TODAY, as proud Indians, we will all be marking the birth of an incredible nation, celebrating our hard-earned independence from foreign rule 74 years ago. At the outset, our forefathers envisioned a country that would give every citizen the right to enjoy this heady taste of freedom from subjugation and oppression. But are we? As in are we all?
Oppression comes in many forms in a state so diverse in its culture and customs as India, but a common thread through most kinds of oppression is poverty. And sadly, progress made by the government through various poverty alleviation programmes post Independence, has taken a real beating during the pandemic. Covid-19 has set the country’s economy back by at least 20 years, experts say, leaving almost half of India’s population poor and one-fifth living below the poverty line.
How long can we wait?
At Give, this makes us more determined to work towards our vision of alleviating poverty and finding new, innovative, better, and quicker ways of getting to that goal. As the underlying reason for so many other ills that plague our nation – homelessness, food insecurity, malnutrition, illiteracy, inadequate healthcare – poverty reduction will also help decrease the burden of all these other inherent problems.
A child born to a destitute, undernourished, illiterate mother, for instance, faces a bleak life trajectory of ill health, poor education and financial insecurity – a destiny determined by abject poverty. A 2020 report by the World Economic Forum says that Indians born into poor families will take seven generations to reach the country’s mean income. Can we afford to wait that long?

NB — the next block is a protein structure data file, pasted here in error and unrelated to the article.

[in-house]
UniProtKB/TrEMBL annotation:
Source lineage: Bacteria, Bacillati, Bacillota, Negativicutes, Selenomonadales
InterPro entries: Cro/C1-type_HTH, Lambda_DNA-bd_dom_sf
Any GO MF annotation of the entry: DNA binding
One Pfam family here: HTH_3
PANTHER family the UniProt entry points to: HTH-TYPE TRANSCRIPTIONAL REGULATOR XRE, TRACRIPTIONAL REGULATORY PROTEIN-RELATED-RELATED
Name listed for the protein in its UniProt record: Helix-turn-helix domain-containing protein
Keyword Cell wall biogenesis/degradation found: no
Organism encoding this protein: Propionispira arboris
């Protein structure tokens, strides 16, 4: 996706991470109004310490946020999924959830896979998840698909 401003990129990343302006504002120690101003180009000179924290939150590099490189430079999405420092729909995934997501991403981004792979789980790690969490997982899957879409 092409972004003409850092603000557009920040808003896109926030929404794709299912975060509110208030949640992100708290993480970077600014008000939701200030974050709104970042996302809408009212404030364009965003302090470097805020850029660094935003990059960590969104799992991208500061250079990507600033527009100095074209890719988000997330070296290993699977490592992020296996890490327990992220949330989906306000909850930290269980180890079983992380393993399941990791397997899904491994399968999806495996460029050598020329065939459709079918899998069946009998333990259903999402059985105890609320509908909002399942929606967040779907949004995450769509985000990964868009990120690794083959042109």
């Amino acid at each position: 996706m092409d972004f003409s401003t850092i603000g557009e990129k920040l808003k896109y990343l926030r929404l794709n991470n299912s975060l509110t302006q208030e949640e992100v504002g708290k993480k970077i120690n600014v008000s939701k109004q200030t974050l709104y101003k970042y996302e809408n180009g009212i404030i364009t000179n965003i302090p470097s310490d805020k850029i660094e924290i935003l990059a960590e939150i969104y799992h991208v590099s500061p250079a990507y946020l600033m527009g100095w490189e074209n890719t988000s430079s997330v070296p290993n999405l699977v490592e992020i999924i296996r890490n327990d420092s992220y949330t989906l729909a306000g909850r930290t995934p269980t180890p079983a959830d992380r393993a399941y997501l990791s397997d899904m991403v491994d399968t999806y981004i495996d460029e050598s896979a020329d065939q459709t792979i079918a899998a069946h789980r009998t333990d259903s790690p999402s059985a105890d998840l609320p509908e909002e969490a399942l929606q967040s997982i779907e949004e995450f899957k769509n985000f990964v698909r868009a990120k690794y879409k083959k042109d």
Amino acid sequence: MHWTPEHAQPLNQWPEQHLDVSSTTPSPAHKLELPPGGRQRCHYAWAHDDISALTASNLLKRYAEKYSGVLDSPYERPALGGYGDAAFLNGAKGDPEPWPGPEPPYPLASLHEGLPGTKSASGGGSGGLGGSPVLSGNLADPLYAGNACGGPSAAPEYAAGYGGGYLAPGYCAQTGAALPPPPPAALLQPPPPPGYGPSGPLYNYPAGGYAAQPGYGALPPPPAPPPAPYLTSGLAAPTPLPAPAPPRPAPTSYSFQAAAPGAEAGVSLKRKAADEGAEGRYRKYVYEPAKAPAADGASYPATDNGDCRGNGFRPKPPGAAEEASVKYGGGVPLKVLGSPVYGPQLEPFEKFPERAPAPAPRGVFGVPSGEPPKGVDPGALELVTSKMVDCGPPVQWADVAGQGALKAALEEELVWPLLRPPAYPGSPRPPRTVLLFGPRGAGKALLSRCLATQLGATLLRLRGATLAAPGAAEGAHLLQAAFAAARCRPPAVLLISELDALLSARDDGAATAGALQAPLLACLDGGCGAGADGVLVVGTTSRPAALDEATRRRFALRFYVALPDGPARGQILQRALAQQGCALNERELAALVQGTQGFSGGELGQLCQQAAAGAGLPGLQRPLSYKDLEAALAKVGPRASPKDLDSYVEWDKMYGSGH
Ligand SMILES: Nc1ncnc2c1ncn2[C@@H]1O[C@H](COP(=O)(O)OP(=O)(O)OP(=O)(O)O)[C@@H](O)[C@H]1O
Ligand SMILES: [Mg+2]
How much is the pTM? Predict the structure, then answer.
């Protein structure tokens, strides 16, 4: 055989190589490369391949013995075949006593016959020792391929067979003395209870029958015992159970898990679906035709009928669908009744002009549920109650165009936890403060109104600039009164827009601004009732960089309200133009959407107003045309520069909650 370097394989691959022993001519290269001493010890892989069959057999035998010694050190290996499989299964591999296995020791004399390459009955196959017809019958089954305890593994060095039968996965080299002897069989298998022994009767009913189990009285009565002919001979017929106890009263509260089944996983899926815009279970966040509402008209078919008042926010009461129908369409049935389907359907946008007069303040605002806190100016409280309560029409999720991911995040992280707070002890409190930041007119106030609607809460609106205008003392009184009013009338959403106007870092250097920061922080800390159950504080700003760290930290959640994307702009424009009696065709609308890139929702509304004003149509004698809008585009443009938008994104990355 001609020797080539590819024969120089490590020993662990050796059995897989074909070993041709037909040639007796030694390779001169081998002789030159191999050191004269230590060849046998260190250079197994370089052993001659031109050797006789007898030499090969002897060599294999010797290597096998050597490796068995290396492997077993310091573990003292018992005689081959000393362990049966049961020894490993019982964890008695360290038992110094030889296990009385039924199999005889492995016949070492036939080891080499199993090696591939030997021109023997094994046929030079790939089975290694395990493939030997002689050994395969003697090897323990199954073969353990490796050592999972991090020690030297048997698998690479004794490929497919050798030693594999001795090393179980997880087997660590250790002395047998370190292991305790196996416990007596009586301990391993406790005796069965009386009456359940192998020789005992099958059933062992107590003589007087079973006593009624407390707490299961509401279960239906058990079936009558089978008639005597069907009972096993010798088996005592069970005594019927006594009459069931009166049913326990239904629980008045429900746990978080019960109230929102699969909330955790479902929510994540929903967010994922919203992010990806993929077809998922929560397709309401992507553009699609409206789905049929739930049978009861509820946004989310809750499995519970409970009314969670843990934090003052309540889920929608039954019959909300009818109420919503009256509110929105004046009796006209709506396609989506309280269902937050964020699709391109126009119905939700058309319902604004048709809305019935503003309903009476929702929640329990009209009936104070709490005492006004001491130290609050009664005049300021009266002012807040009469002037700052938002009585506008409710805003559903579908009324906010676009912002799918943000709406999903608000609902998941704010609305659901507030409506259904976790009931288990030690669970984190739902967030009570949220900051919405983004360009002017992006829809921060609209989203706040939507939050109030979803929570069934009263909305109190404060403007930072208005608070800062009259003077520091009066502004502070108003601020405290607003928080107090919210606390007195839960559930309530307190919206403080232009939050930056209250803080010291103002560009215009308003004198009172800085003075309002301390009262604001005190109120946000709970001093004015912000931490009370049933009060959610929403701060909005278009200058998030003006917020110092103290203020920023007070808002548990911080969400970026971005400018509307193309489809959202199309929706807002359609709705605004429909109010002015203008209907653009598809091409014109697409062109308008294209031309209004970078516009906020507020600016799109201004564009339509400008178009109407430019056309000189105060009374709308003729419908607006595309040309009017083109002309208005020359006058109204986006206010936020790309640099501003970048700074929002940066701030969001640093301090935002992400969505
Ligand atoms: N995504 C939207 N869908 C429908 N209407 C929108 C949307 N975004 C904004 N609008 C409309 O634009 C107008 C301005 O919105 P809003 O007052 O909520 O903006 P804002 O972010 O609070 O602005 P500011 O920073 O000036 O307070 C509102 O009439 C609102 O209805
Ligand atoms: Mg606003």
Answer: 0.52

Underlying reason for other ills
It is no coincidence that the number of poor people in India is equal to the number of illiterate – while 270 million people live below the poverty line, around 272 million are uneducated. Girls are disproportionately affected by destitution as impoverished families choose to spend their meagre resources to educate their sons and pass on the financial burden of daughters to her in-laws by marrying them off early. Yes, there are other factors that lead to gender discrimination, but link to poverty is irrefutable.
Even before the coronavirus pandemic, India had the largest population of people facing food insecurity in the world, with 189 million undernourished citizens. Now new data from the National Family Health Survey (NFHS) 2019-20 suggests that India’s child malnutrition – which has irreversible long-term consequences on public health – is deepening as more families fall into poverty.
Healthcare too is a double-edged sword for low-income families. While poor access to medical facilities means that illness, infection and disease is neglected till it becomes an emergency, a study shows that out-of-pocket expenses on healthcare pushed 55 million into poverty. A 2015 Government of India report states that “incidence of catastrophic expenditure because of health care costs is growing and is now being estimated to be one of the major contributors to poverty.”
As a human right
Just as education, food security, shelter and access to healthcare are human rights, freedom from poverty – the right to live in dignity, free from want – can be viewed as one too as it is essential for the realisation of all other human rights. It is impossible to feed your family, put a roof over their heads, provide them adequate healthcare and educate your children if you haven’t got the means.
While we celebrate the “freedom at midnight” achieved by our founding fathers on August 15, 1947, let us vow to include the millions for whom this freedom still has no meaning.
We are a country rich in resources and human capital. If we all put our minds to it, commit ourselves to find solutions to free our citizens from the chains of poverty, surely we won’t need seven generations to achieve it.
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